So I decided to upgrade it to a 16GB SSD read/write 40/80, add an extra 1Gb of memory, and swap the wifi card for an 11n one.
Followed tnkgrl’s excellent video, and all went smoothly. Now web pages load instantly, and I can stream video in real time from my mythTV box:)

Windows 7 and the lost 4 hours

The previous post was written when 7 first arrived.
However, we have recently been forced by an XP update trashing 2 HP PCs, to “upgrade” them to Vista, so that the network cards would work!
These 2 PCs came with a “free” (cost £21 each) upgrade voucher for 7, so decided to test 7.


I have a nice, if rather heavy, Dell laptop, it came with XP, and I have installed OpenSuse 11.2 on it.
all works, but decided to bite the bullet and install 7.
The initial install went OK, used all the 200GB free space on my disk, but I can change that later…
Of course my OpenSuse distro was unreachable, so popped the OpenSuse disc in and recreated the boot manager.
all ok, then decided to install Office 2007.

All went well, up until the blue-screen that is.
After Office 2007 had crashed my PC, Windows7 tried to repair it and my OpenSuse install disappeared. Tried to reinstall Office, no go. after various attempts, safe mode logins, etc. and following instructions from various Microsoft help links, gave up and wiped 7 and started again.
This time, the mouse stopped working half way through the install…ho hum, wipe and try again.
So far, this time it seems to be working, but I still haven’t got an OpenSuse boot option.

Now I know how Linux newbies feel….

Update:windows XP no longer boots either…..

Windows 7

Well, Our Microsoft Action Pack disks for Windows 7 arrived today.
Installing as an upgrade to a largely unused Vista Ultimate install. (only used for testing media centre)
Was a little nonplussed when it said “upgrading your installation may take several Hours”!
As it happened, it did take nearly 3.
First it insisted on updating Vista, which as it hadn’t been used for a couple of months, took a fair while.
Then after all the file copying and compulsory reboots, it launched.

Quite impressed by the user experience, quite unimpressed by the fact that every management task seems to need at least one more click, or strange manoeuvres to reveal the hidden tools.

Everything seems to work OK.
The media centre is pants though.

How much can we simplify Linux?

I just had a “First steps with Linux” article printed in a popular UK computer Magazine.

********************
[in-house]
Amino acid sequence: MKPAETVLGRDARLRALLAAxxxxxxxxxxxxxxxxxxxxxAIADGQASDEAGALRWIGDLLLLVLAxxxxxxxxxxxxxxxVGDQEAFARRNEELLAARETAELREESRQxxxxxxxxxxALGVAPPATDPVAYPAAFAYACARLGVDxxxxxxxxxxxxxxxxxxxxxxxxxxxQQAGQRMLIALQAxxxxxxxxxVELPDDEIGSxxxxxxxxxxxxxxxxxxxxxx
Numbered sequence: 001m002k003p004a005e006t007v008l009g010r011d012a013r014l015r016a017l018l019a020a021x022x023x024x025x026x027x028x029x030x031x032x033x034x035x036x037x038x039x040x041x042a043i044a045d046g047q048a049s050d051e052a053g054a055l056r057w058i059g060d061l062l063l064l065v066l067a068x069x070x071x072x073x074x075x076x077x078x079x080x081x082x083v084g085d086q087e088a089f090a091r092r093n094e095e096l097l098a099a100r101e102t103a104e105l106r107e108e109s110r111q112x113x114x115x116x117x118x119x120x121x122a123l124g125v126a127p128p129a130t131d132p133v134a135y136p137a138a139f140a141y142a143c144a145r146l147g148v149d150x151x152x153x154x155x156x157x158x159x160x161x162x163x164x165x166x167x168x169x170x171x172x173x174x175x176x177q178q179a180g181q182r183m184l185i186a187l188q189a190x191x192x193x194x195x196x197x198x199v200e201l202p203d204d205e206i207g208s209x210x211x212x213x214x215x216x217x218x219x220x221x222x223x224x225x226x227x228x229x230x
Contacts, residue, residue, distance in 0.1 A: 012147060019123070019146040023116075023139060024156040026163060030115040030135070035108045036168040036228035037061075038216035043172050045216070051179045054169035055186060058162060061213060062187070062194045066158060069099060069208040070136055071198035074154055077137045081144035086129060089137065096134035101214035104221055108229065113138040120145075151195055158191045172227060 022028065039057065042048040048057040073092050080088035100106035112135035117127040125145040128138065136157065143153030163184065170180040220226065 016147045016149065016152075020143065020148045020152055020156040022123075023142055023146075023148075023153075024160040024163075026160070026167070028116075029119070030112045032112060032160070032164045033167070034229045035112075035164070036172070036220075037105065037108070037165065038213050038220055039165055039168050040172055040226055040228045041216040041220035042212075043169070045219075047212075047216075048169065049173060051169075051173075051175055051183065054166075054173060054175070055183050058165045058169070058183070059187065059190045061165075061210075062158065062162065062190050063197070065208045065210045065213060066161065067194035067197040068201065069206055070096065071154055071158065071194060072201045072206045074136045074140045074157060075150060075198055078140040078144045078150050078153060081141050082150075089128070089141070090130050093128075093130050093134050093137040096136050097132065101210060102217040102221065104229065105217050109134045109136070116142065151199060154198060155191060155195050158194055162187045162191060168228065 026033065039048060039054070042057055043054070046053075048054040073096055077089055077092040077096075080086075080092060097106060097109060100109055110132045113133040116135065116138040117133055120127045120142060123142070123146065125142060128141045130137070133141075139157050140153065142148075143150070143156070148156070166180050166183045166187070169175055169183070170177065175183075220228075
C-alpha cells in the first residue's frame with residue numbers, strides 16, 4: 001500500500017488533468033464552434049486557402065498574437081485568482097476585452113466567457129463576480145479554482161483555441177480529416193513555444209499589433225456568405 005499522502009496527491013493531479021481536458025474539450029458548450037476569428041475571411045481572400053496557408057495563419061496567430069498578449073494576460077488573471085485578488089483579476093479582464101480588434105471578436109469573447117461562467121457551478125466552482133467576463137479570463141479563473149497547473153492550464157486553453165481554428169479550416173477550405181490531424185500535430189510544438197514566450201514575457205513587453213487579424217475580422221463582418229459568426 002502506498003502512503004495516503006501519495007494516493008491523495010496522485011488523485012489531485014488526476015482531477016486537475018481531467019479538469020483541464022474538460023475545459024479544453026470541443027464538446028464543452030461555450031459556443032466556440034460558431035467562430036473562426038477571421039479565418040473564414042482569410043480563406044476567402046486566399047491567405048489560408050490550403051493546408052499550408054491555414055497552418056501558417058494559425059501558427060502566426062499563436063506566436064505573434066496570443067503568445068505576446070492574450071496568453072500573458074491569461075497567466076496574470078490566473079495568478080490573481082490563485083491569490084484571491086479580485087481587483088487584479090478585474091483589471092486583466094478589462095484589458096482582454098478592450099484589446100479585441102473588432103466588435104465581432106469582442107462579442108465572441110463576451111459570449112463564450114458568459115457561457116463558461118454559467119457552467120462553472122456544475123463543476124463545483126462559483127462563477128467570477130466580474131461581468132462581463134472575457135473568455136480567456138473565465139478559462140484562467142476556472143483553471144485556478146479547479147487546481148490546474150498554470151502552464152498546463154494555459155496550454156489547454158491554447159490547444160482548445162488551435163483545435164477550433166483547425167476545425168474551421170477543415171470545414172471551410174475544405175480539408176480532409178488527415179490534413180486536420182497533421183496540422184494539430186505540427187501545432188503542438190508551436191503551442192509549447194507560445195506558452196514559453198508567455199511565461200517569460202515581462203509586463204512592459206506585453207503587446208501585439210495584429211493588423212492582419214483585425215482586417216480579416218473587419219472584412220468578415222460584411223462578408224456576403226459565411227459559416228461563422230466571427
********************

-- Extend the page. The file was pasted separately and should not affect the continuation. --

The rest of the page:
It was designed to tell  the new user what to do after they had successfully installed UBuntu.

The Distro was chosen as being the most mainstream, and I thought that too many articles on Linux drop the user after installation.

Most of the feedback on the Magazine’s forum was positive and complimetary.

Except one.

The post in question was a request for a “total idiots guide to Linux”.

Well  I thought that was what I had provided.

The poster went on to mention unfamiliar terms like “distro” and “grub” (both of which were explained in the text), followed by a

complaint about “typing symbols” and “Where should they be typed”

(again this was explained in the text)

The CLI “taster” section was less than half a page of an 8 page, 6000 word  article.

I did hesitate to include  it, but felt that it was necessary for completeness.

The poster must have skimmed the article without reading it, and picked anything that he did not instantly recognise as a problem, and then complained.

I suppose for users like that, the best advice with regard to Linux is “forget it, unless you can get someone else to set it up for you.”

I have several Linux users who would have no idea about installing or maintaining Linux, who happily use it on a daily basis, with no problems.

All the real complaints come when windows users try to install it themselves.

KDE4- the revelation

Well, after a long time as a KDE3 user, I was staring into the barrel of a warm gun.
Opensuse 11.2- KDE4.
I had to decide, move to KDE4, become (shudder) a Gnome user, or move to my best alternative- XFCE.
I had tried KDE4 in earlier incarnations, stability and usability issues stopped me experimenting further.
I finally bit the bullet and installed in a VM to test.
At first it was confusing, but once I threw away all convention and read the manual, it worked well.
After a short period of acclimatisation, it just works so well for me, I am astounded by the logicality of it all!
I have played with various GUIs, and this is a real revelation.
Not the half hearted redraw of Vista or win7, but a new, well thought out approach.

As for Opensuse, my dual monitors were identified and configured, along with my Wacom Bamboo tablet, I now have seperate Xserver settings for each login, and it just works smoothly, including interfacing to Exchange on the laptop.

Yes, it is still in development and there is the odd rough spot, but overall, a real advance in usability.
It now sits happily on my main desktop and my dual boot Work Laptop.

Bravo KDE team, and plaudits for the OpenSuse team too!